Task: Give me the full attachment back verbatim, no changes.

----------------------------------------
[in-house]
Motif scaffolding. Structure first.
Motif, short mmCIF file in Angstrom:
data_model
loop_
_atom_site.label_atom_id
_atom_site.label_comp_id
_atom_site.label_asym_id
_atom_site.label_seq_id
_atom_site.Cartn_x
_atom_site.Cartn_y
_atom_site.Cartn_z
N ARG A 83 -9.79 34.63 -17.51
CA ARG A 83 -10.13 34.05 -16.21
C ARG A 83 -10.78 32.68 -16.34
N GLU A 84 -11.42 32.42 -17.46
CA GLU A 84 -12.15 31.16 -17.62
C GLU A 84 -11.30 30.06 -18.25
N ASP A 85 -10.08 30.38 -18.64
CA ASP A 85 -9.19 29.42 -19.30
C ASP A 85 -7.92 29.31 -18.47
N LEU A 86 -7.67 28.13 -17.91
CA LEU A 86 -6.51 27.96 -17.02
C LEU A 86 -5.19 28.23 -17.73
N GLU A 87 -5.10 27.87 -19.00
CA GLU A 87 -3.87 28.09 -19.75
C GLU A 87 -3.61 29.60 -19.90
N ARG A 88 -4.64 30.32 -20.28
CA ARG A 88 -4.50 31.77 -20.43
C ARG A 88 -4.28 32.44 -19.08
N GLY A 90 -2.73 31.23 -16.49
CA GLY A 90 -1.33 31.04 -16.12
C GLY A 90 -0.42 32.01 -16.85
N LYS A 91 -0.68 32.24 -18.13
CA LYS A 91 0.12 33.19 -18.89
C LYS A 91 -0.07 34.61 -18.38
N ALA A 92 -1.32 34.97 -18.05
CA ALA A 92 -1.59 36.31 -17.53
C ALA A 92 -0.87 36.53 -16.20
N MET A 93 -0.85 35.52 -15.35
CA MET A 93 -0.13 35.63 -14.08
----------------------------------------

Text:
[in-house]
Motif scaffolding. Structure first.
Motif, short mmCIF file in Angstrom:
data_model
loop_
_atom_site.label_atom_id
_atom_site.label_comp_id
_atom_site.label_asym_id
_atom_site.label_seq_id
_atom_site.Cartn_x
_atom_site.Cartn_y
_atom_site.Cartn_z
N ARG A 83 -9.79 34.63 -17.51
CA ARG A 83 -10.13 34.05 -16.21
C ARG A 83 -10.78 32.68 -16.34
N GLU A 84 -11.42 32.42 -17.46
CA GLU A 84 -12.15 31.16 -17.62
C GLU A 84 -11.30 30.06 -18.25
N ASP A 85 -10.08 30.38 -18.64
CA ASP A 85 -9.19 29.42 -19.30
C ASP A 85 -7.92 29.31 -18.47
N LEU A 86 -7.67 28.13 -17.91
CA LEU A 86 -6.51 27.96 -17.02
C LEU A 86 -5.19 28.23 -17.73
N GLU A 87 -5.10 27.87 -19.00
CA GLU A 87 -3.87 28.09 -19.75
C GLU A 87 -3.61 29.60 -19.90
N ARG A 88 -4.64 30.32 -20.28
CA ARG A 88 -4.50 31.77 -20.43
C ARG A 88 -4.28 32.44 -19.08
N GLY A 90 -2.73 31.23 -16.49
CA GLY A 90 -1.33 31.04 -16.12
C GLY A 90 -0.42 32.01 -16.85
N LYS A 91 -0.68 32.24 -18.13
CA LYS A 91 0.12 33.19 -18.89
C LYS A 91 -0.07 34.61 -18.38
N ALA A 92 -1.32 34.97 -18.05
CA ALA A 92 -1.59 36.31 -17.53
C ALA A 92 -0.87 36.53 -16.20
N MET A 93 -0.85 35.52 -15.35
CA MET A 93 -0.13 35.63 -14.08